Aspen, Up Close


We made a long weekend trip up to the Sierra over the Armistice/Veterans Day weekend. Friday: to Calaveras County to visit our friends Piero and Jill, who have a couple acres and a cabin up there. Saturday: After more hanging out at the 4,800-foot contour, we drove back out to Highway 88, then drove up over the passes to an aspen-filled highland valley just south of Lake Tahoe (it’s called Hope Valley, elevation about 7,000). This is a place that a lot of cyclists get to know because it’s on the route of the Tour of the California Alps (a.k.a. Markleeville Death Ride). There’s a resort there called Sorenson’s that I’ve passed by many times. As I said to Kate as we headed there, I have long harbored the desire to visit the place in the fall to see the aspens take on their fall color; I wanted to make the drive even though I was pretty sure all that gold and orange I’ve seen pictures of is well past.

We just showed up late in the afternoon yesterday on the off chance they’d have a cabin, one, and two, that they’d be OK with us having a dog in the room. We scored on both counts. Last night, after listening to the Oregon-Stanford game on the radio (Go Ducks), we went for a walk in the near-full moonlight up a trail behind the resort. It was cold enough that frost had formed on the surfaced of the eight or ten inches of snow on the ground and made the footing pretty good uphill and downhill. This morning before breakfast, we took the same walk. As I expected, the aspens had shed all their leaves. But there are big stands of them up the trail and throughout the valley–quaking aspens, Populus tremuloides (seriously), so called because it’s said their leaves stir in the slightest breeze.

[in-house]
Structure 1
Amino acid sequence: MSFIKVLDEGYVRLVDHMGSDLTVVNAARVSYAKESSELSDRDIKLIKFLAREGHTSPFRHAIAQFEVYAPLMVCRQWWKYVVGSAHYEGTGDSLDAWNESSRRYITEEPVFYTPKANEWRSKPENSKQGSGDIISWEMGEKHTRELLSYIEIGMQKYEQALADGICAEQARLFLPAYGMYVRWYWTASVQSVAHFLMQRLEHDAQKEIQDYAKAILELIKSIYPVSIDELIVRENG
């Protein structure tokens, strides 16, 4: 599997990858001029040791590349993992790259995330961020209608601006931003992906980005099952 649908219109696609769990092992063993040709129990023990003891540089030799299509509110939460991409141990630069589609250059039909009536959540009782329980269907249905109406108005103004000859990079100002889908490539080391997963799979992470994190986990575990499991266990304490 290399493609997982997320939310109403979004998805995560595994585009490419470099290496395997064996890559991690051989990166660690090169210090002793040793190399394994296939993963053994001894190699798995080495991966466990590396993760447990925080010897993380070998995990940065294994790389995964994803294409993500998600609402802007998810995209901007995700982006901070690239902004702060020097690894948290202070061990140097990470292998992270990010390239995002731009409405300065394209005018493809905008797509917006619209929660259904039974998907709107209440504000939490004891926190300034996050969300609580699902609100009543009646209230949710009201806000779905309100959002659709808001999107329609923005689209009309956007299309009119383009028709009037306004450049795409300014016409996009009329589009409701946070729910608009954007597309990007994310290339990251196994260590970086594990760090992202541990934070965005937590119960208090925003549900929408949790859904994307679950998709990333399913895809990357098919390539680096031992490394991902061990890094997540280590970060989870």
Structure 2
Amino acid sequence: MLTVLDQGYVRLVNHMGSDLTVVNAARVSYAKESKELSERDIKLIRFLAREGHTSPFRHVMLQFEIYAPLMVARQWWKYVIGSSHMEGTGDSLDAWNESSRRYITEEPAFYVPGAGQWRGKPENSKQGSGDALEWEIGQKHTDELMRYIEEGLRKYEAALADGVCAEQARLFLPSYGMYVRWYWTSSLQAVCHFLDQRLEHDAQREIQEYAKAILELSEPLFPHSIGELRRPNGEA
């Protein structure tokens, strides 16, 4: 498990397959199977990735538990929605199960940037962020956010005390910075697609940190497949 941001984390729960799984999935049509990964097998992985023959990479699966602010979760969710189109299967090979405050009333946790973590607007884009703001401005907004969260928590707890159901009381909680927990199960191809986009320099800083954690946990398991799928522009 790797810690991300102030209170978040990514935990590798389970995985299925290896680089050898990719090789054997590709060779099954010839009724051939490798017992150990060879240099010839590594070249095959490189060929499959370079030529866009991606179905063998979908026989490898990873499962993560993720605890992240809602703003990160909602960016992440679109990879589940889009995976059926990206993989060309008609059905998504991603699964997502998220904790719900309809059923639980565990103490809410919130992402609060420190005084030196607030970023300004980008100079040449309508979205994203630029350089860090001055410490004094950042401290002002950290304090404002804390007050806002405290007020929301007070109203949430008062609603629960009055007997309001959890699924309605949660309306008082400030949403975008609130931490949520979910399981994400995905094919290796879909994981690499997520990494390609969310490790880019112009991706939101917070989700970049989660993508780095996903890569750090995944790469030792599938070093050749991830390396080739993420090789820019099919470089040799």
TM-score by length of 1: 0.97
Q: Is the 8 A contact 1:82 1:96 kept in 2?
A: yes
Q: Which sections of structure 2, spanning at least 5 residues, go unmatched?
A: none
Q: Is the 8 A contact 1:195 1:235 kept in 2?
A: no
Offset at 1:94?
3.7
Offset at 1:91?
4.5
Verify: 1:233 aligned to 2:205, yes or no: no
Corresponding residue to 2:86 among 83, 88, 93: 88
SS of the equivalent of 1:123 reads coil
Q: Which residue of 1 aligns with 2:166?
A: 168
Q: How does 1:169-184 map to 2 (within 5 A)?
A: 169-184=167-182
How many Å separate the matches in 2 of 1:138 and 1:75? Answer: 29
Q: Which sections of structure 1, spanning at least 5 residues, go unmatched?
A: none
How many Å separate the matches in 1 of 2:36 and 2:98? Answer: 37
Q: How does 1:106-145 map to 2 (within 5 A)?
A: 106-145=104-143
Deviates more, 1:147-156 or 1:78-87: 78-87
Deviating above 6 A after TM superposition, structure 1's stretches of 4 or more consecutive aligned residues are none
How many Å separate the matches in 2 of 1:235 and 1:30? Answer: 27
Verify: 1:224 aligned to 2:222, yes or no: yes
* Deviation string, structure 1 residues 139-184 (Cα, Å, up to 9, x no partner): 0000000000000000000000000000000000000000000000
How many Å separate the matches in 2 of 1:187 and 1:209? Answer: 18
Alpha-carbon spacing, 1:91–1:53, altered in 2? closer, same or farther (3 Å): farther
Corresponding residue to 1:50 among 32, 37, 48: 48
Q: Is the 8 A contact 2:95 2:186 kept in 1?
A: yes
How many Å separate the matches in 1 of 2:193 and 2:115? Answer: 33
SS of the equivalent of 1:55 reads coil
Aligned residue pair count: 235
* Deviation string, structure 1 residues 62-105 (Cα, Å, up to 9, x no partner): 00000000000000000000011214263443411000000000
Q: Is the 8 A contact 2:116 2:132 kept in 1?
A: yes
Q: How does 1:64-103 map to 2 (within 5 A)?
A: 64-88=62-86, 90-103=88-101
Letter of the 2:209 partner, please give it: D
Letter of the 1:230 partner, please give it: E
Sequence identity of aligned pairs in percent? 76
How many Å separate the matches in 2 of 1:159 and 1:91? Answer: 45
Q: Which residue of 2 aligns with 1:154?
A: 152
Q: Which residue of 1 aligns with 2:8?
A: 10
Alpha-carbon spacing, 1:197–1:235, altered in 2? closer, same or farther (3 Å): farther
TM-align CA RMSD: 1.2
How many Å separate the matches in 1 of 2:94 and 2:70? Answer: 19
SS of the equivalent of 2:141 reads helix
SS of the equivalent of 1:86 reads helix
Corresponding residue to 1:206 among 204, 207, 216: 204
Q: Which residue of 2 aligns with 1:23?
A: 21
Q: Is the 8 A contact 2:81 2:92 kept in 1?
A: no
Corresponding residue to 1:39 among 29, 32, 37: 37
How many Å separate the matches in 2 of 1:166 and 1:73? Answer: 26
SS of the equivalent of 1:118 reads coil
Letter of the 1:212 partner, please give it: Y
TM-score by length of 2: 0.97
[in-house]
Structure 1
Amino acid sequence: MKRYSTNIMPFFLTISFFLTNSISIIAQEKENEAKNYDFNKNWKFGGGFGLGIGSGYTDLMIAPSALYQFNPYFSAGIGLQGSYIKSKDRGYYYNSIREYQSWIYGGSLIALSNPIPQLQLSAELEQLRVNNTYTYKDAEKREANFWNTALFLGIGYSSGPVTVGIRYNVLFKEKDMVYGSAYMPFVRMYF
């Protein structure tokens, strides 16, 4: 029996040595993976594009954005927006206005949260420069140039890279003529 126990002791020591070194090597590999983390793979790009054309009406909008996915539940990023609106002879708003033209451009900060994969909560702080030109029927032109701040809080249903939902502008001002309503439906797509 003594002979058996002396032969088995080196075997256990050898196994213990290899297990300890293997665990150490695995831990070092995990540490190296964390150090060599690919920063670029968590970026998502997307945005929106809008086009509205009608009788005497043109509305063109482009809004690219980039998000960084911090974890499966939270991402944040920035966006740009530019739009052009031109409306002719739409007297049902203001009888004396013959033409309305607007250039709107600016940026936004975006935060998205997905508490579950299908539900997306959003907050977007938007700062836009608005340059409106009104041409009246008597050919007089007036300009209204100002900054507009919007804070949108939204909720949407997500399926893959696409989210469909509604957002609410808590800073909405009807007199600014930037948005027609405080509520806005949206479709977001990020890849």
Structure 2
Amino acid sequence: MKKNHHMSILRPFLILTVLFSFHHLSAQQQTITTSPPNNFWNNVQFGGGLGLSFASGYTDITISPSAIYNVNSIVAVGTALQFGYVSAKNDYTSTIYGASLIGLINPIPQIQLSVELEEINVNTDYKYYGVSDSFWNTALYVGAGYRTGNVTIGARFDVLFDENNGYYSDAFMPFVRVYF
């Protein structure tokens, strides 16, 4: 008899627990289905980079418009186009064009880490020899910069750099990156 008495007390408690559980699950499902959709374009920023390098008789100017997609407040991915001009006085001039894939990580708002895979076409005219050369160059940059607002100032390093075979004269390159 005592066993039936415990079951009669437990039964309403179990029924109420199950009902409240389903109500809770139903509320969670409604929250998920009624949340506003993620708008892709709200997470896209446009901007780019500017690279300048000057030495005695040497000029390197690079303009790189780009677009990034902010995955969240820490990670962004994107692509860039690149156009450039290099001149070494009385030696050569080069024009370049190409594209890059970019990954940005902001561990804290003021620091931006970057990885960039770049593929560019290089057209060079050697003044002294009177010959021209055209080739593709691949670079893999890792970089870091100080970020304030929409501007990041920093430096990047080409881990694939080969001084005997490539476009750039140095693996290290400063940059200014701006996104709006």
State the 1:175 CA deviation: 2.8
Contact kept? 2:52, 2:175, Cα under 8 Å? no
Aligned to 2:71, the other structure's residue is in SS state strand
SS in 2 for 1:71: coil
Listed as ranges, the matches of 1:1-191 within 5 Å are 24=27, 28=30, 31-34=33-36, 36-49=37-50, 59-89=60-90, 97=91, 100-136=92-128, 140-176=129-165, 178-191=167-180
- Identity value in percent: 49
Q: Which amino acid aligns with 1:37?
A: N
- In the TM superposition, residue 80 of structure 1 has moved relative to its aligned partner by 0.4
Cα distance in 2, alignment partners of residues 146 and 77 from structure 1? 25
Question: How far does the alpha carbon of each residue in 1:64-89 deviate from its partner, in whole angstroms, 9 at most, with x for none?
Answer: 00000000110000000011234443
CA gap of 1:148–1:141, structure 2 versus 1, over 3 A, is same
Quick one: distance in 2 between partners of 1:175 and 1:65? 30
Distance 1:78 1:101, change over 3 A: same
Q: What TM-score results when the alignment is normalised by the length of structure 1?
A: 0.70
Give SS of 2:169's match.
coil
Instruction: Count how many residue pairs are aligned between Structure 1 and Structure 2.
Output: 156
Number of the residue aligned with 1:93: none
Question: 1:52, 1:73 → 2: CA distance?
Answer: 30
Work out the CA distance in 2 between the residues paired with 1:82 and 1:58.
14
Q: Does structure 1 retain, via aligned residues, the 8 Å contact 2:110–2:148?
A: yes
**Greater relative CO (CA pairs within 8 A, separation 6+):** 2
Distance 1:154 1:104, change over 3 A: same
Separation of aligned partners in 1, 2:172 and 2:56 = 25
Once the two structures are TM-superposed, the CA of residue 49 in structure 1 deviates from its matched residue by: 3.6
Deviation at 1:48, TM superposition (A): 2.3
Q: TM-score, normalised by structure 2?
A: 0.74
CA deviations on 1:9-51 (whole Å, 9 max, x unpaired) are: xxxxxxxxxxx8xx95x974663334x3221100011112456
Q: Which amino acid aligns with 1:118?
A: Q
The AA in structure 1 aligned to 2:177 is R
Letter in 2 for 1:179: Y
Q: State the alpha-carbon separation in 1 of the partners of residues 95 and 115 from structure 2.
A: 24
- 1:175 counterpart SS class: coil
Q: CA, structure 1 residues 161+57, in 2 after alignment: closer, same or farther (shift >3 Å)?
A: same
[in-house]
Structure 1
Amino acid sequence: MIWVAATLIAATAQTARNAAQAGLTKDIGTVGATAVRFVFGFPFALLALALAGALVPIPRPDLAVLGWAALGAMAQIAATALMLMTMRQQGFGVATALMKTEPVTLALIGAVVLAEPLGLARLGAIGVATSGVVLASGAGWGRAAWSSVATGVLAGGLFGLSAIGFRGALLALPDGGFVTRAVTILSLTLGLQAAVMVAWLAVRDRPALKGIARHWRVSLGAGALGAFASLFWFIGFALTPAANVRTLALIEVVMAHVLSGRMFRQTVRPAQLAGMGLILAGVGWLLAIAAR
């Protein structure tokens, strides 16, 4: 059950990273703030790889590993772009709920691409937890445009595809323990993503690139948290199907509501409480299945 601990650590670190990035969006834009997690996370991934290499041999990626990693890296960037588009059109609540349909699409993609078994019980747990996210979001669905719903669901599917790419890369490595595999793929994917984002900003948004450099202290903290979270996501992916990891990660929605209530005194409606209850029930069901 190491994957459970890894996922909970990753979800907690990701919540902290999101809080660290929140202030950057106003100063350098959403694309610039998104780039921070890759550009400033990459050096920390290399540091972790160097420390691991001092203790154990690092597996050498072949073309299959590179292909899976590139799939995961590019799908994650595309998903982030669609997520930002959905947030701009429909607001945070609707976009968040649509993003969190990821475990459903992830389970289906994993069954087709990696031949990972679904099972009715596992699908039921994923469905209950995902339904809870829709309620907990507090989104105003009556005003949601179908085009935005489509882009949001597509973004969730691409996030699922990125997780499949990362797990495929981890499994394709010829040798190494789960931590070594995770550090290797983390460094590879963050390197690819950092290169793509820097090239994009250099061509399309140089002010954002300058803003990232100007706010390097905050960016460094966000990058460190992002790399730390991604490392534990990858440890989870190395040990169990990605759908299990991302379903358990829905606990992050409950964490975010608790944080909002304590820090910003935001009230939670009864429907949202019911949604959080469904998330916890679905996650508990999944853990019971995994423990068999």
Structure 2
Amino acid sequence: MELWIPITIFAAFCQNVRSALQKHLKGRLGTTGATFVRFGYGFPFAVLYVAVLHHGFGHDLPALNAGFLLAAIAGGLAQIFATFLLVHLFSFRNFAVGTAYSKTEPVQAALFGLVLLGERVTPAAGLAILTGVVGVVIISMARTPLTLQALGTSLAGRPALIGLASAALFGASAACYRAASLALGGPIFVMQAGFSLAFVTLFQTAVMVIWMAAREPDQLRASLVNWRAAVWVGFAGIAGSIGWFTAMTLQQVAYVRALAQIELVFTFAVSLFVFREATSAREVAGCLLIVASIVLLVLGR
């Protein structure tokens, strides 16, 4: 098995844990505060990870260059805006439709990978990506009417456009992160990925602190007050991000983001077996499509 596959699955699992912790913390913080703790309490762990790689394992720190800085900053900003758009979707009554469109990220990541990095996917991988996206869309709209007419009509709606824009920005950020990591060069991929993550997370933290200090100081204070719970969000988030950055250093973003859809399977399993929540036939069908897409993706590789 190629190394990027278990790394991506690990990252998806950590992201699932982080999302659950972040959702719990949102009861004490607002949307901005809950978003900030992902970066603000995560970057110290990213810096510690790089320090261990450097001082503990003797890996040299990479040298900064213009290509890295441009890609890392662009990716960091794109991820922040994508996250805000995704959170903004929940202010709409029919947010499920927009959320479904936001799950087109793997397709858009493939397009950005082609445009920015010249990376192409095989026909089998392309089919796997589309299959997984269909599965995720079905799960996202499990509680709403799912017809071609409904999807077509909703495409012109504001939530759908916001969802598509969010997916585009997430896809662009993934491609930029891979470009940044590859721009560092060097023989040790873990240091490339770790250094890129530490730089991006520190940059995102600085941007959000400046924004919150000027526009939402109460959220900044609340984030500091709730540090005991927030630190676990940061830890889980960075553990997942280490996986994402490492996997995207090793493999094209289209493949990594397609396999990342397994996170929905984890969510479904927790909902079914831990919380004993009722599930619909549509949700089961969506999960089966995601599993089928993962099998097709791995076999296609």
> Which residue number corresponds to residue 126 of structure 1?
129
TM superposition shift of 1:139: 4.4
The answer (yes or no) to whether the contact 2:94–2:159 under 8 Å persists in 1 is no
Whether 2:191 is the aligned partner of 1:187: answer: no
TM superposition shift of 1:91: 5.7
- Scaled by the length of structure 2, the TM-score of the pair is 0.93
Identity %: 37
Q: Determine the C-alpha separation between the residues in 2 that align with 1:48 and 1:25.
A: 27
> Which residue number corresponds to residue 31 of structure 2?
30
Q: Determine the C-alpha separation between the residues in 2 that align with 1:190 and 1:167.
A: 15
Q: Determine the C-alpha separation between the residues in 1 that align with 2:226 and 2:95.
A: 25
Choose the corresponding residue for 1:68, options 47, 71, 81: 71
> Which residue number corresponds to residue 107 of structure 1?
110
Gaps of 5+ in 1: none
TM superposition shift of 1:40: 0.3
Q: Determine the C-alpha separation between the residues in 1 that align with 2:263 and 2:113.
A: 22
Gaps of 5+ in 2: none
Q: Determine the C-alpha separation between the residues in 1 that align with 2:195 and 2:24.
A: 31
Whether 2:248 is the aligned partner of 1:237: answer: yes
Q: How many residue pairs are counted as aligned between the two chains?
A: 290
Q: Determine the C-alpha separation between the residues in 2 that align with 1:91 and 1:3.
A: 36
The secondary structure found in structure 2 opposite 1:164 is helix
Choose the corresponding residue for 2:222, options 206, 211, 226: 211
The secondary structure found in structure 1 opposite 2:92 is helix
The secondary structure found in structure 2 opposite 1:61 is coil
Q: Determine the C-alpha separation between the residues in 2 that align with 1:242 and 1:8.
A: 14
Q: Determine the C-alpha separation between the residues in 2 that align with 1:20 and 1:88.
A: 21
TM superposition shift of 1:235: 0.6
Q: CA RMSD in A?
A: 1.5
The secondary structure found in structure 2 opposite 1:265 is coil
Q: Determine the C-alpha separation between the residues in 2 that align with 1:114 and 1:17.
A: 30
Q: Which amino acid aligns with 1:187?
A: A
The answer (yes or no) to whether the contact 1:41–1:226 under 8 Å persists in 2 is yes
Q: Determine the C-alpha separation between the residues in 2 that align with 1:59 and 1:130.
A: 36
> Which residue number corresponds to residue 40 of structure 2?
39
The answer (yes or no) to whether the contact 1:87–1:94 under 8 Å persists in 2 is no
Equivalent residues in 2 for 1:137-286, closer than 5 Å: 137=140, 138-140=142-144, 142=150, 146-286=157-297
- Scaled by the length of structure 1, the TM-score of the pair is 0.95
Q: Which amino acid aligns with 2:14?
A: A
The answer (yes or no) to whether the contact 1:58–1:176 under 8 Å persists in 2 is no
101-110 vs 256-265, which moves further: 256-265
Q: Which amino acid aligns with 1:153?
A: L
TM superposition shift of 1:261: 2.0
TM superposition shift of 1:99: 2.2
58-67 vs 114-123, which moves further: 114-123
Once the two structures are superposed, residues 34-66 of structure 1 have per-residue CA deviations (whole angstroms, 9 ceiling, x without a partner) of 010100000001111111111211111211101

From afar, their bark is white, or silver, or gray. They’re striking in a mountain landscape. From closer up, you see something different happening in the bark–large scars and knots. And getting very close, galaxies of these tiny (pigment?) rings.

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